December’s Student Winner

By January 21, 2011 Site News

December’s project was to compose a holiday or winter-themed song with an emphasis on cognitive goal areas. Then contestants recorded YouTube videos of their songs and provided a paragraph explaining how they would use the song in an intervention. This month’s winner is Kim Arter! Her entry is available below for viewing, along with runner-up Laura Anderson’s! Congrats to both of them!

Our judges this time around were:

Andrew Knight, MA MT-BC Andrew is Assistant Professor of Music Therapy at University of North Dakota. He is also a contributor to The Music Therapy Research Blog and accompanying podcast. Thanks, Andrew!

Michelle Erfurt, MT-BC Michelle is, well, everywhere! She maintains the Erfurt Music Resource, the Music Therapy Tween blog, and contributes to the Music Therapy Round Table podcast. Thanks Michelle!

Kimberly Stanard, MT-BC Kimberly is a music therapist in Napa, California. She is the creator of the music therapy public service announcement, which is featured on the home page of the American Music Therapy Association.  Thanks, Kim!

Here are the entries! Enjoy!

Kim Arter

The main focus of this song is to work on developing and maintaining memory. Clients will need to be alert and focused on what others are saying, so they can remember it for later on in the song. This song can also work on increasing attention span/attention to task as well as provide reality orientation and/or integration experiences with others. There are a few ways that the song can be adapted. First, if the client is nonverbal, pictures can be held up when it is their turn to choose. They may be able to physically choose a picture by reaching out or pointing or they can choose a picture by using eye-gaze. Another part of the song that is adaptable is the lyrics. Since the song is very repetitive, it is easy to fill in your own words that work best for you. I also think this song is adaptable for children as well as older adults.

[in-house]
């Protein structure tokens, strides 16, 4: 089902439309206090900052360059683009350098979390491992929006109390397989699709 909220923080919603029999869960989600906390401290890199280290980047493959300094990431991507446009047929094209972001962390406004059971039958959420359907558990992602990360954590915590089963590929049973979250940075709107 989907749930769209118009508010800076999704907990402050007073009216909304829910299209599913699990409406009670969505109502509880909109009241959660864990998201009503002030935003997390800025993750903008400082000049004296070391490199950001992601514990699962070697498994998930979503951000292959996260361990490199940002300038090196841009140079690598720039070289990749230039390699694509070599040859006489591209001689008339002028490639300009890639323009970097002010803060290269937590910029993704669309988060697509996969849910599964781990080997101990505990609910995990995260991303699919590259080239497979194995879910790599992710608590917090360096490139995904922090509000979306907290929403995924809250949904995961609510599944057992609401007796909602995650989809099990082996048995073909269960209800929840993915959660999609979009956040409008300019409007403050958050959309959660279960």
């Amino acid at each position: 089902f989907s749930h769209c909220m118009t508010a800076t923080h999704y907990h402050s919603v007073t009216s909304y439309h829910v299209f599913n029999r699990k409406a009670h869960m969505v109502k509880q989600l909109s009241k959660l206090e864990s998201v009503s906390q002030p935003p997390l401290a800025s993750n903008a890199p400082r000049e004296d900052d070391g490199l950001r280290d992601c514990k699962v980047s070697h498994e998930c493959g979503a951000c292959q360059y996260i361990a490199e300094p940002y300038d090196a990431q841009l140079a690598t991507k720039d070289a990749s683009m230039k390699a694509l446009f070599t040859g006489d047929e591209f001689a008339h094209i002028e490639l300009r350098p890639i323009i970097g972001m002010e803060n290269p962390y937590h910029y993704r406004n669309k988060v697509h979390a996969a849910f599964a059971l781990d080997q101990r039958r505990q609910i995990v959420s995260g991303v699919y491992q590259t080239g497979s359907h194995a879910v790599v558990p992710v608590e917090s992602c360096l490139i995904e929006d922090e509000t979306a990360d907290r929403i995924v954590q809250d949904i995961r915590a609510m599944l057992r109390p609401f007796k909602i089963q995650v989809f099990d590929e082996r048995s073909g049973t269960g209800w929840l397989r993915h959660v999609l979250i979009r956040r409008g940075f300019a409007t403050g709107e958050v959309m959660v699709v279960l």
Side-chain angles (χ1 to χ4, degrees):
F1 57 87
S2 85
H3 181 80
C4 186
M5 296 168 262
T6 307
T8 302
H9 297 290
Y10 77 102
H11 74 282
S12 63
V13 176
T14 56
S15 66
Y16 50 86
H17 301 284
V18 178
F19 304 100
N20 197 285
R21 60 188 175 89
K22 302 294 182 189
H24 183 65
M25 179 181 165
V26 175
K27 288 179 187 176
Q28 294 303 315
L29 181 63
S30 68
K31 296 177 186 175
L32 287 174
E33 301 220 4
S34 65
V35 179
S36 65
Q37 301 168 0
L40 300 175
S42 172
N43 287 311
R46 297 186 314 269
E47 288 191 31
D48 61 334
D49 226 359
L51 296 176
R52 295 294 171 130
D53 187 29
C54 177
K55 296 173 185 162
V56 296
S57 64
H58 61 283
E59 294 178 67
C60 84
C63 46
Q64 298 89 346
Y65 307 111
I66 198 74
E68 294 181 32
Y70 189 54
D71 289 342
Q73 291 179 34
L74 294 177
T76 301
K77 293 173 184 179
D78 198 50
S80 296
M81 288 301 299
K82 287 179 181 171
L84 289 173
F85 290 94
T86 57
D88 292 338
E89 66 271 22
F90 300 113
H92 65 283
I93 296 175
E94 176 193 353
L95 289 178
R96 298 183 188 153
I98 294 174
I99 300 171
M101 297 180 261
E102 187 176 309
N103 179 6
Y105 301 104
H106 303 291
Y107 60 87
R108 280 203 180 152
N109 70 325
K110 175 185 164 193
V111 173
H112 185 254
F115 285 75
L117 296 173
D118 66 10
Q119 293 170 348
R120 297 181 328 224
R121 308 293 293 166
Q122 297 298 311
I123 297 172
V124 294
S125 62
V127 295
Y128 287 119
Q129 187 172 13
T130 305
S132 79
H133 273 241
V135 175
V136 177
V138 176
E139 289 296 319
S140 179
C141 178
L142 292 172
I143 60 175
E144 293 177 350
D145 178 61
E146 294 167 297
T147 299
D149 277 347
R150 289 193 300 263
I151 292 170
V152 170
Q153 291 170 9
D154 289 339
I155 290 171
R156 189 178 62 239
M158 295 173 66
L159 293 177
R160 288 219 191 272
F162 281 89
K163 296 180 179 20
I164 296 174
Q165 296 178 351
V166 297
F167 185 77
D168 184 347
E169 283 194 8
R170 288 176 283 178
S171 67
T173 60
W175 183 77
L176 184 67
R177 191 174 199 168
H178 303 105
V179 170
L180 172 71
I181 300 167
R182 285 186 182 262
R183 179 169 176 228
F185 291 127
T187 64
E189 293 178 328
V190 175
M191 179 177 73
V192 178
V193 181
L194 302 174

Lyrics:
What’s your favorite part of the holidays? What’s your favorite part of the holidays?
There are so many things we can see and do.
What’s your favorite part of the holidays?

………………………………………………………………………………………………………………………………………………….

Laura Anderson

Fruitcake Recipe is a non-denominational holiday song aimed to address cognitive goals 1) Counting 2) Following directions 3) Making a choice and 4) Identifying an object with some physical benefits too (i.e. grasping cards, reaching to place visual cards in a real bowl or paddle drum)

This song may be utilized and adapted however suitable for each individual. One option is to approach it how I demonstrated in the video. Offering pictures enables non-verbal students to make a choice and participate. Alternatively, students could come up with their own responses and quantity. To emphasize counting, students could drum either with hands or mallet and count drumbeats during their turn. For different numbers 1-8 accommodate within song by distributing numbers over the two bars. Encourage students to sing along perhaps repeating more than once. Be creative. Have fun.

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